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Integration and control in the post-Soviet space

28 ноября 2011, 16:01

First Deputy Prime-Minister of Kazakhstan, member of the Eurasian Economic Commission Umirzak Shukeyev told Kommersant that any attempt to dominate from any of the countries in the Customs Union or the Common Economic Space may immediately stop the integration.

Shukeyev said that the issue of control in the CIS (Commonwealth of Independent States), EurAsEC (Eurasian Economic Community), CU (Customs Union) and CES (Common Economic Space) was “very sensitive”, especially considering the history of relationships in the region.

He pointed out that some Russian public opinion leaders were trying to “tune the public opinion to the idea that Russia, being economically more powerful country, has to have a greater extent control in supra-national bodies of the CES, and should have the main say in decision-making process and hold integration structure under its sovereign control.”

“There is such an opinion and perhaps there is nothing unexpected about it. However, there is a reverse side of this problem. The issue is very sensitive not only for Russia, but for other participants of our union as well. We have to clearly understand that any attempt of domination from any of the countries will immediately stop the integration. None of the countries will enter the CES unless they are offered equal rights and opportunities,” Shukeyev said.

Speaking of the political implication of the CU and the CES he said: “This is an economic project only. The final goal of creation of the Common Economic Space is elimination of all the barriers for movement of commodities, services, investments, labor resources and entrepreneurship. The political component lies only in the fact that Russia and Kazakhstan are inherently strategic partners and allies in all directions and leaning on their huge potential they are jointly playing a role of an integration core in the CIS.”

Speaking of practical results of the process, he said that 96 inter-government treaties had been signed in the framework of the Customs Union. The treaties covered tariff and non-tariff regulations, technical standards, customs and tax administration.

“This legal and regulatory framework created opportunities for free movement of commodities between our countries. There is a significant growth of mutual trade volumes. In Kazakhstan it grew 57 percent in the first 9 months of this year compared to the same period of last year,” the speaker said.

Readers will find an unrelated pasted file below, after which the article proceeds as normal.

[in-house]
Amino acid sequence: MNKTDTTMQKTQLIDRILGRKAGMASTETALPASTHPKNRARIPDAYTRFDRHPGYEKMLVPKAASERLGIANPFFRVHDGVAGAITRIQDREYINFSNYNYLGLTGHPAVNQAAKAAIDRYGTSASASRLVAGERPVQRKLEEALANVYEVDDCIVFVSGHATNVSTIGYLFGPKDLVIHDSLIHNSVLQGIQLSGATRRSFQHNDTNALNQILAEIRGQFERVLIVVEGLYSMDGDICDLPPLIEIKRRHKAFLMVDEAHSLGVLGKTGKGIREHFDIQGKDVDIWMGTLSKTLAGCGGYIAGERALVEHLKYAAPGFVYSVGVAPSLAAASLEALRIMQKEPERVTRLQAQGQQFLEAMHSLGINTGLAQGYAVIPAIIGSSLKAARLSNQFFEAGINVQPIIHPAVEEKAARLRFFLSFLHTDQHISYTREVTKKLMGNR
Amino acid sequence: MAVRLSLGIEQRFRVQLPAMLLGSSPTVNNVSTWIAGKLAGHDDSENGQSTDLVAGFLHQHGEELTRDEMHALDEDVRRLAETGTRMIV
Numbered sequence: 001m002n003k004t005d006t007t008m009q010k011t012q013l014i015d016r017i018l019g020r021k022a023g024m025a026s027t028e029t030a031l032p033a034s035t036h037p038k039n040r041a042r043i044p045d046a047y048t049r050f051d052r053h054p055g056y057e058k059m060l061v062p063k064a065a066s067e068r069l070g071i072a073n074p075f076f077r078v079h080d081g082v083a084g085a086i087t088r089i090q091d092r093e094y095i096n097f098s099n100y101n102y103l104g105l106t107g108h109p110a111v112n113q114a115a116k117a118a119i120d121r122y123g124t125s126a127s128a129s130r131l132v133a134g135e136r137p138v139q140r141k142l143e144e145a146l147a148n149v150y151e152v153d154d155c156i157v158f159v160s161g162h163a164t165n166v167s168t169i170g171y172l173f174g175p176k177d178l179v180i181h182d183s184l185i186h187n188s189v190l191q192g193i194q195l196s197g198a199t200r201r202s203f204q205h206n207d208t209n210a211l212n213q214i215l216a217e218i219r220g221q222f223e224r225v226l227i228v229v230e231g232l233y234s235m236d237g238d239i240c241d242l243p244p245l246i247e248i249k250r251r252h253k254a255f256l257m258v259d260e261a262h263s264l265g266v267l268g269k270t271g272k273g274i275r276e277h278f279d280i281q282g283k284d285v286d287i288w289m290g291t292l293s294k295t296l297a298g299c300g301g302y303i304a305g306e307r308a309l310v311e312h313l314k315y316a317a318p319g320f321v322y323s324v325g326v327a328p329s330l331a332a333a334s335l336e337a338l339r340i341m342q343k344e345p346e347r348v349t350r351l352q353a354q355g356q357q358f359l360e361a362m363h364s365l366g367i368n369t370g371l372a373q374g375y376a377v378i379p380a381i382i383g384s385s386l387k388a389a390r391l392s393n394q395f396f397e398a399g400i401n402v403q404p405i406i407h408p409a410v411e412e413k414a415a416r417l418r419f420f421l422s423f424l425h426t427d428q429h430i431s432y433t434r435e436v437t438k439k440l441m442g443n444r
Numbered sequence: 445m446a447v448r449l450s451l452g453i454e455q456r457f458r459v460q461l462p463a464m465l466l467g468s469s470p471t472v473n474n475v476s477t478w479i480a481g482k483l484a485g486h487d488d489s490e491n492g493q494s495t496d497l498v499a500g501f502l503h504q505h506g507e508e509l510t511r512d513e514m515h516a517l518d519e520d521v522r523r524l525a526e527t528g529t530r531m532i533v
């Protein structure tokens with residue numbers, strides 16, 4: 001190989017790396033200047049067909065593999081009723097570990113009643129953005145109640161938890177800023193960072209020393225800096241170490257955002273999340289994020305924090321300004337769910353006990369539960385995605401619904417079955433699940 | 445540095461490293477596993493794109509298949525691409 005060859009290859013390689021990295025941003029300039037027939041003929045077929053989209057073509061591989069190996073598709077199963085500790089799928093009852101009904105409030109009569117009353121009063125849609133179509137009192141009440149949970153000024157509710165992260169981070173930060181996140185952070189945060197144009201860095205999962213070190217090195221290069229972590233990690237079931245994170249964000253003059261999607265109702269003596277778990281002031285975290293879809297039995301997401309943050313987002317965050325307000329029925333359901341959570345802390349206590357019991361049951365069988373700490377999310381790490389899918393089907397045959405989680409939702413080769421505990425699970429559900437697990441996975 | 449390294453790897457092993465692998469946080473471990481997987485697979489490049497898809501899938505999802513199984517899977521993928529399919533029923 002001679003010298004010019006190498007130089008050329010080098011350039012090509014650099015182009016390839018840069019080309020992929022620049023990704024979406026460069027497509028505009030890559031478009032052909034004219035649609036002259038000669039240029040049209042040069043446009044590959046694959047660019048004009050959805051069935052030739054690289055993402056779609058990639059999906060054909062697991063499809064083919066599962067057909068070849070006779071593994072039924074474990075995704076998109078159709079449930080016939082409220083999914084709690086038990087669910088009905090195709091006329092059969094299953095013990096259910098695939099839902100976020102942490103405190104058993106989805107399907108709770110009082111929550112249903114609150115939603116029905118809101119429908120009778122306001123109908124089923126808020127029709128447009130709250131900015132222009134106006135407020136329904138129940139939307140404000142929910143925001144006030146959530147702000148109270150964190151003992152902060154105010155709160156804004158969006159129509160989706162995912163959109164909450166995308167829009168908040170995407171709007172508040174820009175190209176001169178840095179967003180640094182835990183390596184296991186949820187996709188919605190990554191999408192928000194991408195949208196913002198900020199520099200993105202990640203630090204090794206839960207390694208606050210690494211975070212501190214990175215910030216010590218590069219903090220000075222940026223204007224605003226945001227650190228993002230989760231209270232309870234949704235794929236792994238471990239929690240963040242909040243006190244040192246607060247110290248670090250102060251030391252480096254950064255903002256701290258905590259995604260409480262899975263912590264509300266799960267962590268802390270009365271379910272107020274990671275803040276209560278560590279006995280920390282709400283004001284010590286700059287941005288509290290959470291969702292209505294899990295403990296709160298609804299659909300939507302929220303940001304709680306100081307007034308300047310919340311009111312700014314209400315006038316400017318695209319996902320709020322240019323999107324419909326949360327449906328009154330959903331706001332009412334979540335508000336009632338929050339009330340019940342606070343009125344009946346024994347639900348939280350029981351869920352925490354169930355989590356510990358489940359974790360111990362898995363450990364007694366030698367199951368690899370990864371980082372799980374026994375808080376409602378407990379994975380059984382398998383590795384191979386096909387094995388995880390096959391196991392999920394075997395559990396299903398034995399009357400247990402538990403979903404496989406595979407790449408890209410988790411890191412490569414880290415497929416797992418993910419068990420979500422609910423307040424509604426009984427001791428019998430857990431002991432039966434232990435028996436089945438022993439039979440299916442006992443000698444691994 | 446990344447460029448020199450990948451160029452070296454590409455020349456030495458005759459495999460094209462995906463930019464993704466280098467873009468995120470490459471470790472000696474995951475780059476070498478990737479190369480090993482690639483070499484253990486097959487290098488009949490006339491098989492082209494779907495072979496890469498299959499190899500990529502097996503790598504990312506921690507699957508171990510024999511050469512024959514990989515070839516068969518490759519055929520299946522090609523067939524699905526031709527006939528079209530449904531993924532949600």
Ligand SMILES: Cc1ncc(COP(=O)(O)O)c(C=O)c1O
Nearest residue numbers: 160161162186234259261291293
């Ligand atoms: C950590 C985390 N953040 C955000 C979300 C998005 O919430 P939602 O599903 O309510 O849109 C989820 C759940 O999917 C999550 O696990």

According to Shukeyev, entering the WTO remains a strategic priority for all three member-countries of the CU. “This issue has always been in our focus. We start almost every narrow format meeting of the CU Commission with discussing this issue and listening to the report of our common team of negotiators. Besides, in all our decisions, at the level of the presidents, prime-ministers, everywhere, we stress that entering the WTO remains a strategic priority for all three countries,” he explained.

Shukeyev added that creation of the Customs Union does not in any way contradict with the goals of the three countries entering WTO. “We are also at the completion stage. We have just finished bilateral talks with the U.S. and have signed the protocol. We are almost finishing negotiations with the EU, there are still several issues left and they are quite resolvable. There is a round of multilateral negotiations left. And we think that we will be able to enter the WTO next year. Of course, as long as we are a part of the CU, the issue of adjustment of common customs tariffs remains,” he said.

“We could benefit from Ukraine entering the CU and the CES. We have tried hard to get it to join us. From a perspective of economic benefit, it is pretty obvious that it is economically beneficial to enter the Customs Union,” Shukeyev said.

He pointed out that Ukraine's entering into the CU could directly increase its trade income by $6-10 billion per year. “But, probably, out of some political considerations, Ukraine is not making this decision,” first deputy of Prime-Minister said.

Shukeyev added that the free trade agreement recently signed between CIS countries was "advantageous for trade relations between Ukraine and the CU”.

“Some time earlier, understanding the economic benefits of the CU, the Ukrainian party suggested a so-called ‘3+1’ option, but this opinion is not beneficial for us. Last year Kazakhstan spent a lot of money strengthening the southern borders of the CU. It was not an easy thing to do politically: people are used to consider the borders between former Soviet states purely administrative and are used to moving freely between the countries. But respecting the economic interests of our partners, we have made a big and, unfortunately, not so popular work,” the speaker said.

“It is understandable that our partners will have to perform the same work on the remaining territory of the CU. I don’t think that this step will be welcomed on both sides of the borders. That’s why the best option for everyone is that Ukraine enters the CU and the CES,” he said.

Besides, Shukeyev said that there is no need to rush with creation of a common currency in CES countries the way it was done in the European Union. “In my opinion, the issue of creation of a single currency is not urgent at least at this stage of integration. Our countries will be pursuing their own monetary policies meeting the agreed upon parameters. Moreover, everyone knows about the problems the European Union is having with Euro. The EU experience is telling us that there is no need to rush,” deputy Prime-Minister stated.

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